According to the Epic Games launcher, I'm almost ten hours into this. Initially, I was a bit dubious: the game explains next to nothing and expects you to just understand the mechanics of CRPGs, like Baldur's Gate, or traditional tabletop RPG games, like D&D, neither of which I've ever played, without teaching them to you, before then going on to subvert many of those mechanics, adding to the confusion. The world itself and the number of characters you can interact with straight off the bat, as well as the depth of the lore and the multitude of references to things that you (both as the player and as the player character) don't understand, also make things very overwhelming to begin with.

 

I've stuck with it, however, currently midway through Wednesday, and am pleased to say that I'm now finding it entirely compelling. There are still things I don't really get (the Thought Cabinet, for example - you're not told what the benefits or disadvantages of learning a particular thought will be until you've internalised it, then you have to spend a skill point erasing it from your brain if you don't like it, meaning that I don't bother learning any thoughts in the first place as it's too much of a risk) and it's a pain in the arse whenever you fail a skill check that you had a decent chance of passing, but the narrative (particularly the main 'quest', for want of a better term), the writing and the characterisation are all excellent. (Kim's my favourite character.)

 

As someone else pointed out above, in practice it plays more like a point and click adventure, or visual novel, rather than what I understand CRPGs are like, and even though many of the more surreal, tangential, Lucas Arts-esque bits are often laugh out loud funny, so far it's been at its best when it gets you doing actual detective work, examining bodies, cross-examining witnesses, collecting evidence, and the like. The maritime setting and themes of union corruption and violence, as well as the detective odd couple in the centre of it all, put me strongly in mind of season 2 of The Wire, which can only ever be a fantastic thing, in my opinion.

 

I'm looking forward to playing more :)

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I’ve been playing this for an hour or two here and there over the past week (blame Hades for it not being more) and I’m intrigued by it, but it really feels like a choose you own adventure with a massively complex RPG engine behind it. I’m find it fascinating rather than enjoyable, but I’m only on the second day so looking forward to where the journey takes me. Not sure I’m actually appreciating the depth though - it’s kind of overwhelming with all the skills etc. 

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3 minutes ago, spanx said:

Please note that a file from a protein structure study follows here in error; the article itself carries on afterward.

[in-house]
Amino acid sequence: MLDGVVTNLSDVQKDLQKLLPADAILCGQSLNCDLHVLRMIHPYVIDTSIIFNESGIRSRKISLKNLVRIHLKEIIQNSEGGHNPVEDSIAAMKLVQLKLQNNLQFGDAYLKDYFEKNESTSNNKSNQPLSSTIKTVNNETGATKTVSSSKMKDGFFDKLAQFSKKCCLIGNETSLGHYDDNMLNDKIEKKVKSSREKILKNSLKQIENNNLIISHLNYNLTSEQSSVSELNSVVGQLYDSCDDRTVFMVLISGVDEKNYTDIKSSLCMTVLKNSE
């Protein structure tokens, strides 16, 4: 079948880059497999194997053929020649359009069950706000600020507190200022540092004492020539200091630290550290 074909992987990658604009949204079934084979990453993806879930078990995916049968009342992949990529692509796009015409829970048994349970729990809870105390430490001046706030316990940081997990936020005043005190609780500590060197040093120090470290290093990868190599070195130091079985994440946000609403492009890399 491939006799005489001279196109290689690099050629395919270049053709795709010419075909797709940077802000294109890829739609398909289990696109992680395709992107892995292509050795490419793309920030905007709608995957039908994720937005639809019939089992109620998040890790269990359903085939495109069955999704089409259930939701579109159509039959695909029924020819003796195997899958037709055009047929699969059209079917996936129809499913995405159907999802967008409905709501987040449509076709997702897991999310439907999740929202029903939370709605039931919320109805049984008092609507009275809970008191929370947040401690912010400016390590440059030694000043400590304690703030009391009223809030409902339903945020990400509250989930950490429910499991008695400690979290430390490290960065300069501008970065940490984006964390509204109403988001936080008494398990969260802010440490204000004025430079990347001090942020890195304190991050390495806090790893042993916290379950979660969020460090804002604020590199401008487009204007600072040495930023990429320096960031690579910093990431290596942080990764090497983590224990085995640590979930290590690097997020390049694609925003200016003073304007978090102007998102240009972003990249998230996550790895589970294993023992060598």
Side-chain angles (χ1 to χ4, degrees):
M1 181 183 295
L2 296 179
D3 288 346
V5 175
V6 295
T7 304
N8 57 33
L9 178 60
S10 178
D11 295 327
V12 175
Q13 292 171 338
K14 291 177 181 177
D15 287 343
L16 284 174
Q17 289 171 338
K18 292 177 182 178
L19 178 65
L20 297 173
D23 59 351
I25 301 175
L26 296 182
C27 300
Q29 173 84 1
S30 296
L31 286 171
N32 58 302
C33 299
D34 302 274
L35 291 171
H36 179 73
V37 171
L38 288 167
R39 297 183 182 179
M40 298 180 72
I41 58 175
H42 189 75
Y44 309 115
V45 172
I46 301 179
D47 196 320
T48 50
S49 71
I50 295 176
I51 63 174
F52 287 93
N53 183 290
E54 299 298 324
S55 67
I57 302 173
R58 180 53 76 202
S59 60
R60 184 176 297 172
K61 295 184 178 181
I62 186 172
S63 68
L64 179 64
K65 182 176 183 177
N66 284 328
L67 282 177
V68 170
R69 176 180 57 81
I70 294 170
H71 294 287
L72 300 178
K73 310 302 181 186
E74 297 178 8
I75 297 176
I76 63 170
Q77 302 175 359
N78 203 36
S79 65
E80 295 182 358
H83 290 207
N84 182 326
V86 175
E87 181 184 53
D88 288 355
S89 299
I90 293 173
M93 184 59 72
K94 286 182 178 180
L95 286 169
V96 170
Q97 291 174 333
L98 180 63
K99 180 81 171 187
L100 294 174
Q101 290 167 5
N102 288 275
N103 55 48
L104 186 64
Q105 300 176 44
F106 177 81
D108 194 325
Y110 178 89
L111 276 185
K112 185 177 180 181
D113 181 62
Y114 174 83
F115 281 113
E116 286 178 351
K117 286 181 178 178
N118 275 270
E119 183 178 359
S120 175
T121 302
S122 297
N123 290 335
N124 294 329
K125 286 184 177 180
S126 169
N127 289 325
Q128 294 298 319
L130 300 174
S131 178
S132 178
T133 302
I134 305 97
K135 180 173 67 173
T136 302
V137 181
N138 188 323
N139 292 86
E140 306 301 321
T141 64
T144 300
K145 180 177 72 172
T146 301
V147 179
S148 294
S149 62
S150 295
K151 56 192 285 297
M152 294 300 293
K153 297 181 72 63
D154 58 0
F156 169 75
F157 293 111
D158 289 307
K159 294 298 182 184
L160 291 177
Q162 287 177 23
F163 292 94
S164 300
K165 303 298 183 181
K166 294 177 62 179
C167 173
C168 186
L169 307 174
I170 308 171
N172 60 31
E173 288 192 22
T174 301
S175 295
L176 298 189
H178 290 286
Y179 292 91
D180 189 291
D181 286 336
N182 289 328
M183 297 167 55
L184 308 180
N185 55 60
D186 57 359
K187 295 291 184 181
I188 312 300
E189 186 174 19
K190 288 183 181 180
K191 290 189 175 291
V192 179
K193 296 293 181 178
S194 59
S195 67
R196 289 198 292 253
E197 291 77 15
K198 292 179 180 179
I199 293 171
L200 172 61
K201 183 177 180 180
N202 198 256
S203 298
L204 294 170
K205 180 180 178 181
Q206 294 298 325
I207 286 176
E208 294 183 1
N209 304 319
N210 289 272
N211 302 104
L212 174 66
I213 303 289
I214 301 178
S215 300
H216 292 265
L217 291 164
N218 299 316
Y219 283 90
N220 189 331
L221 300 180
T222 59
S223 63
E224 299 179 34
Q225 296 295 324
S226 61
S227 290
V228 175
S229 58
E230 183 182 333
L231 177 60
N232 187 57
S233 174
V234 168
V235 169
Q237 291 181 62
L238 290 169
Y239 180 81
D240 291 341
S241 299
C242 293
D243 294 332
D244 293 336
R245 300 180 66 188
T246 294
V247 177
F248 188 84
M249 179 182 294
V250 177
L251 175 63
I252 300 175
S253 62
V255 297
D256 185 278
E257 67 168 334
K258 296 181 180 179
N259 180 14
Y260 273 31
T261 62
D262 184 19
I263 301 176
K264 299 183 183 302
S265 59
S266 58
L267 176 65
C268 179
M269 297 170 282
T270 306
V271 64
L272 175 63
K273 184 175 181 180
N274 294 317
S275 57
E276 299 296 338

I’ve been playing this for an hour or two here and there over the past week (blame Hades for it not being more) and I’m intrigued by it, but it really feels like a choose you own adventure with a massively complex RPG engine behind it. I’m find it fascinating rather than enjoyable, but I’m only on the second day so looking forward to where the journey takes me. Not sure I’m actually appreciating the depth though - it’s kind of overwhelming with all the skills etc. 

 

The skill system isn't really that deep, from what I can make out: the more points you put into a particular skill, the greater the chance you have of passing a check that is based on that skill. That's about it.

 

What seems to be more significant are the other, hidden factors which determine how easy or difficult a check is, such as whether you know certain information about the person you're talking to, or if you've pissed them off previously, or if you have or haven't don't certain things. As such, it's a good idea to exhaust all other options in a conversation before you try a skill check with a particular character, as by doing so you might unlock something that makes the check easier to pass. (These show up on the little card that pops up when you come to a skill check. It'll say something like "+1 Found X item" above the bit where it shows the percentage chance of you passing the check.)

 

I'd also advise you to not spend your skill points straight away, especially if you're going to just spend them arbitrarily; collect a few until you get to a skill check that's part of the main quest (the investigation) and then put them into whatever skill you need to get past the check. You can spend one on the skill, try the check and then, if you fail, put another point into it to immediately try the check again. Don't underestimate the usefulness of clothes, either - if you come across a tough check, come out of the dialogue menu, change clothes to suit the skill you need, then attempt the check afterwards. Drink and drugs are also useful for this. Just make sure you've got something you can top your health/morale up with afterwards.

 

If you're only a couple of hours in then I'd suggest you should just focus on the murder investigation for now. You pick up lots of side-quests very quickly and it's easy to get overwhelmed, but if you focus on the main quest for the first in-game day at least then you'll naturally come across lots of things that will help you with the side-quests anyway.

 

What's deeper than the RPG system is the lore and background information, especially when it comes to all the different analogues for real-life figures and ideologies, Kraz Mazov being a representation if Karl Marx, for example. A lot of that stuff does seem a bit self-indulgent, however, and I do find myself glossing over it at times. It's not a surprise to learn that the chief writer on the game is a novelist.